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Potassium Intake in Patients With Chronic Kidney Disease (CKD-K)

This study has been completed.
American Heart Association
Information provided by (Responsible Party):
Sharon Turban, Johns Hopkins University Identifier:
First received: July 29, 2009
Last updated: September 18, 2012
Last verified: September 2012
Chronic kidney disease is associated with high blood pressure, heart disease, and strokes. Potassium lowers blood pressure and may help prevent heart disease and strokes in the general population, but has not been well-studied in people with kidney disease. This study will look at the benefits and safety of two levels of potassium intake in patients with kidney disease. We expect that a higher level of potassium intake safely lowers blood pressure compared to a lower level of potassium intake. We hope that this and other research projects will help us to learn more so that guidelines can be created for potassium intake in patients with chronic kidney disease

Condition Intervention
Chronic Kidney Disease
Other: Dietary intake of potassium

Study Type: Interventional
Study Design: Allocation: Randomized
Intervention Model: Crossover Assignment
Masking: Double Blind (Participant, Care Provider, Investigator, Outcomes Assessor)
Primary Purpose: Treatment
Official Title: Potassium Intake in Patients With Chronic Kidney Disease

Resource links provided by NLM:

Further study details as provided by Johns Hopkins University:

Primary Outcome Measures:
  • 24-hour ambulatory systolic blood pressure [ Time Frame: At screening, and at the end (4th week) of each intervention period ]

Secondary Outcome Measures:
  • other measures of peripheral blood pressure (other types of ambulatory blood pressure measurements as well as clinic blood pressure) [ Time Frame: Ambulatory BP: same as primary outcome. Clinic BP: at screening, run-in, and weekly during intervention ]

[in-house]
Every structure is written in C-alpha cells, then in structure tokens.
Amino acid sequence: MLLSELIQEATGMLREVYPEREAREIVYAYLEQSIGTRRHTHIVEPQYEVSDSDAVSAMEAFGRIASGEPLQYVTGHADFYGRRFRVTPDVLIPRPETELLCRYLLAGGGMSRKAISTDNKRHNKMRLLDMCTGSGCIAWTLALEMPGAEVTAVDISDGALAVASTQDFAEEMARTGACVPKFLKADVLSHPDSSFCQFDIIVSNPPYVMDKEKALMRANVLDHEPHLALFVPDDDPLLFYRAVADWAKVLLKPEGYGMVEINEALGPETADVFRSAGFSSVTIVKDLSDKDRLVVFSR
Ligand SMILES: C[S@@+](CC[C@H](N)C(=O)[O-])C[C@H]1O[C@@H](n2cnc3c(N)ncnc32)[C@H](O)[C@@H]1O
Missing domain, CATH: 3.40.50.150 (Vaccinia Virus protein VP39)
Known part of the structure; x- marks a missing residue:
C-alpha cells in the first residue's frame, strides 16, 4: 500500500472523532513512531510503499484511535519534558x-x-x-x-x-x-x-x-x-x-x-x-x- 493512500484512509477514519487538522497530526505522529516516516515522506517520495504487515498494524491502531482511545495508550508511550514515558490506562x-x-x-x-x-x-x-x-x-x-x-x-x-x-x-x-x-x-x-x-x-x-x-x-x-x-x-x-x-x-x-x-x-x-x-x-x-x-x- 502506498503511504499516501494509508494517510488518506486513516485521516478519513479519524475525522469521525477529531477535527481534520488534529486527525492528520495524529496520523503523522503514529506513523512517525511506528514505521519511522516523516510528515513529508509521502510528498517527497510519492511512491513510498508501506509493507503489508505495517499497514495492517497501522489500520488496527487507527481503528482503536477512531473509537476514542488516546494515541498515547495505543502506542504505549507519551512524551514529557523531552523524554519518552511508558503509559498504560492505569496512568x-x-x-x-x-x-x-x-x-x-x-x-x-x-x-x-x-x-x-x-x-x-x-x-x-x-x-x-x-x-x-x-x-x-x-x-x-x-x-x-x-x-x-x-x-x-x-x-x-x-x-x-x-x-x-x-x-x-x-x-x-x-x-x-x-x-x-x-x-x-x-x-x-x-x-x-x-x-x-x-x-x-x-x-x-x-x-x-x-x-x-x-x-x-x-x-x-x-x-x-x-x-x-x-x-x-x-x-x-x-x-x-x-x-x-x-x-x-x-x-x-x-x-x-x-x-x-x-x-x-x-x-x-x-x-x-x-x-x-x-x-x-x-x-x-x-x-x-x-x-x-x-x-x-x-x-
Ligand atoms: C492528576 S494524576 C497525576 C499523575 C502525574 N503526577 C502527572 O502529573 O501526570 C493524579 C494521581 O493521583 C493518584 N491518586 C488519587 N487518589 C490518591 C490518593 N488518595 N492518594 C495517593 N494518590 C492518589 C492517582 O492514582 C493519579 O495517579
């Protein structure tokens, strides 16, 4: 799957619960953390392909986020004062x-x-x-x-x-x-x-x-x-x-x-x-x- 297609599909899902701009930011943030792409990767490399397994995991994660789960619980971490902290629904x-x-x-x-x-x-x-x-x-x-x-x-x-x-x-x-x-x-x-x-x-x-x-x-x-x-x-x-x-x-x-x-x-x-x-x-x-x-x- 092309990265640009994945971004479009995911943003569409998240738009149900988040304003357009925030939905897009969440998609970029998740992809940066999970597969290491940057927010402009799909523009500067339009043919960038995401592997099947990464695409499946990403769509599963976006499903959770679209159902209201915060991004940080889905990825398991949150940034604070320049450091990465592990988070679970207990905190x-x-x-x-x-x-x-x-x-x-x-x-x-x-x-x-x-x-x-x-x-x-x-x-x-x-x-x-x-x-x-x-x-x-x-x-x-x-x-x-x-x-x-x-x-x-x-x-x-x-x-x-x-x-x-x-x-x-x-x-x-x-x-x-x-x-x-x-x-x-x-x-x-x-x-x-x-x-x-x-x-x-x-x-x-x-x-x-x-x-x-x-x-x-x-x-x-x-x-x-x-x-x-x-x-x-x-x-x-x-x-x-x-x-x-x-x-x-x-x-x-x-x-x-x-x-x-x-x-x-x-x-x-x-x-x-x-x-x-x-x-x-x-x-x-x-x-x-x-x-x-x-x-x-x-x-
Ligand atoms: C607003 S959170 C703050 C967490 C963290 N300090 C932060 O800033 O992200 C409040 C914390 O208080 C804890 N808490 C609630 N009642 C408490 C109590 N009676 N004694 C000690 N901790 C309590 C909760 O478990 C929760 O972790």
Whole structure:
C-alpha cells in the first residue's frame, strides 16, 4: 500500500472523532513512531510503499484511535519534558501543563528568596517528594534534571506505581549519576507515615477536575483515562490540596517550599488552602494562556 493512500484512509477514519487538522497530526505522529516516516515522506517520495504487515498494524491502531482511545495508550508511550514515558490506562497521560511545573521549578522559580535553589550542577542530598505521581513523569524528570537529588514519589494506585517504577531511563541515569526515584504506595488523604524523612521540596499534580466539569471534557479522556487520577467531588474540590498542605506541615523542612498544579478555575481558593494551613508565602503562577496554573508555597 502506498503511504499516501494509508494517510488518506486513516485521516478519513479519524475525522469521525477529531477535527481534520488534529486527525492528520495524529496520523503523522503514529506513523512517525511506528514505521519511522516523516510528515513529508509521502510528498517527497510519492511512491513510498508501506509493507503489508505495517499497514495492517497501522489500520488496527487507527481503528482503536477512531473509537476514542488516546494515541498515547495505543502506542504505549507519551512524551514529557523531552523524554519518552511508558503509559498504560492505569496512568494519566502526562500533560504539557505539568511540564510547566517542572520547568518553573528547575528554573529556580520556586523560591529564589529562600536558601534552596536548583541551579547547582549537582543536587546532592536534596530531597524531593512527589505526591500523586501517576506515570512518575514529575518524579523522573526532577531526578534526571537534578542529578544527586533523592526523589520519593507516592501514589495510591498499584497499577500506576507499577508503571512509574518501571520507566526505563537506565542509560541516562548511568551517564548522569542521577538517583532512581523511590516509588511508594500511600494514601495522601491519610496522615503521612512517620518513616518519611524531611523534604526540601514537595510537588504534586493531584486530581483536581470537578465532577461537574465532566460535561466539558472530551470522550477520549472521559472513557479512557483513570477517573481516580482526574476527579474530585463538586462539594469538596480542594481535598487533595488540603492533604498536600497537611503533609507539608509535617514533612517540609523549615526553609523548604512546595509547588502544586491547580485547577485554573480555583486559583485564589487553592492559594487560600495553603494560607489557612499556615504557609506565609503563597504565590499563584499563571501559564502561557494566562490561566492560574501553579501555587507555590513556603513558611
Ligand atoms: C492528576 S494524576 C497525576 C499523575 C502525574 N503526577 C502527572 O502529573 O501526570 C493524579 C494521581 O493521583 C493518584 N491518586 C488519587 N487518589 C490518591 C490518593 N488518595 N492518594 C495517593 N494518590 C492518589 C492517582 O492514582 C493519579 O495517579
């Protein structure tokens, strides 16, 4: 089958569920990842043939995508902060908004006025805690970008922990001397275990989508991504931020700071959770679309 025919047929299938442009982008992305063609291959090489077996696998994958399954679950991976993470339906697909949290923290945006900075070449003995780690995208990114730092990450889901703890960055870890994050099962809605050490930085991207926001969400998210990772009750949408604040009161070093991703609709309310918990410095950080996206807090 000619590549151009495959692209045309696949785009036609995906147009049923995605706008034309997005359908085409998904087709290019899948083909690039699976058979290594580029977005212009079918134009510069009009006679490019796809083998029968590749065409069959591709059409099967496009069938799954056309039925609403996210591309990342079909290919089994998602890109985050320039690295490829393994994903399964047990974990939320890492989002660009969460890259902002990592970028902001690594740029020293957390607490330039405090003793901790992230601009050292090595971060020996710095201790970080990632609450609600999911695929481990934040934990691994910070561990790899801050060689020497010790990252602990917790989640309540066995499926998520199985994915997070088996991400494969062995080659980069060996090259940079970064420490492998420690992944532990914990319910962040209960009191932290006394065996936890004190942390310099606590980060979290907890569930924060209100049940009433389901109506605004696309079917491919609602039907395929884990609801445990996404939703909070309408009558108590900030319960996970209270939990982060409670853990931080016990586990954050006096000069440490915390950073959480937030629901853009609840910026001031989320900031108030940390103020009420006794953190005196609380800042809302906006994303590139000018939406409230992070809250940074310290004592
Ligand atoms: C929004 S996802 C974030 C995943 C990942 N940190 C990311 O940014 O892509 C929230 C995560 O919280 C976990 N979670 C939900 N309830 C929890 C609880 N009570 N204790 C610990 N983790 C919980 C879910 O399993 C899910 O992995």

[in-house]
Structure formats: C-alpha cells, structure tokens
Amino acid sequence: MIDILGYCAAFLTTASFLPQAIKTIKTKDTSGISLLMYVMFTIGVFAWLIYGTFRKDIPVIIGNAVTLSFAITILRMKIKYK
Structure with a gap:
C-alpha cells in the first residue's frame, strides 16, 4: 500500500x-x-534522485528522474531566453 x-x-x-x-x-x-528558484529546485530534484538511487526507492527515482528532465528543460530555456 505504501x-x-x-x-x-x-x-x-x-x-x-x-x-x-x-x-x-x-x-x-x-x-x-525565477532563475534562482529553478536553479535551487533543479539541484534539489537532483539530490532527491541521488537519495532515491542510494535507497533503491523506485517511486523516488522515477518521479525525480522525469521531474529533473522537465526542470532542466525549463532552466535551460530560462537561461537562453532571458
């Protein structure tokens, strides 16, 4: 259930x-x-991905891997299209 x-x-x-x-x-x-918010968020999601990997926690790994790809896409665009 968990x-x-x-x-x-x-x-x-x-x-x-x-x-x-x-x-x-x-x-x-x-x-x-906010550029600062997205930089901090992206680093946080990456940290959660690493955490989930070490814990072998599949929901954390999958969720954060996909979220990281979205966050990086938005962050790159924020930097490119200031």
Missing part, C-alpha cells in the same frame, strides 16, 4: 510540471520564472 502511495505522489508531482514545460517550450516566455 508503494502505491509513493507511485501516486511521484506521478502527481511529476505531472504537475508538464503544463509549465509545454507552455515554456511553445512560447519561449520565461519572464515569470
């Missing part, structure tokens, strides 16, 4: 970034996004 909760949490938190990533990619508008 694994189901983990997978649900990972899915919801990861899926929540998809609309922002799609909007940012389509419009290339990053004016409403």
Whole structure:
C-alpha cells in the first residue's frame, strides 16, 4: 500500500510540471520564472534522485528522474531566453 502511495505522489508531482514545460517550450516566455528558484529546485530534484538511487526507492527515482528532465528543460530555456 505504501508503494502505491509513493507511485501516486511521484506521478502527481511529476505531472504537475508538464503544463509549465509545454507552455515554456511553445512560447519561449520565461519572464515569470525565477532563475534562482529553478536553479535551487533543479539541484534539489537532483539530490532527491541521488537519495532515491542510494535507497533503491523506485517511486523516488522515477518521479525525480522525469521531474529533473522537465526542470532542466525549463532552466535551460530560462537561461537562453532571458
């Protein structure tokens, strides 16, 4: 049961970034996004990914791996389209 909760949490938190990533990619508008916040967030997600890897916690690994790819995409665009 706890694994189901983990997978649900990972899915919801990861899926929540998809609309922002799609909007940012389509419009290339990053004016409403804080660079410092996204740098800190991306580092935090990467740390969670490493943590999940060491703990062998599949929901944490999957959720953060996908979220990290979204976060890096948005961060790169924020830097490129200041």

• measures of central blood pressure (pulse wave velocity and augmentation index) [ Time Frame: at screening and at the end (4th week) of each intervention period ]
  • Serum potassium [ Time Frame: At screening, run-in, and at least 3 times during each intervention period ]

Enrollment: 29
Study Start Date: July 2009
Study Completion Date: June 2011
Primary Completion Date: June 2011 (Final data collection date for primary outcome measure)
Arms Assigned Interventions
Dietary potassium intake: 100 mmol/day
Participants will be given one of two diets: one contains 100 mmol of potassium per day, and the other contains 40 mmol of potassium per day
Other: Dietary intake of potassium
Comparison of two diets: one contains 100 mmol potassium per day, and the other contains 40 mmol potassium per day
Dietary potassium intake: 40 mmol/day
Diet containing 40 mmol/day of potassium
Other: Dietary intake of potassium
Comparison of two diets: one contains 100 mmol potassium per day, and the other contains 40 mmol potassium per day

Detailed Description: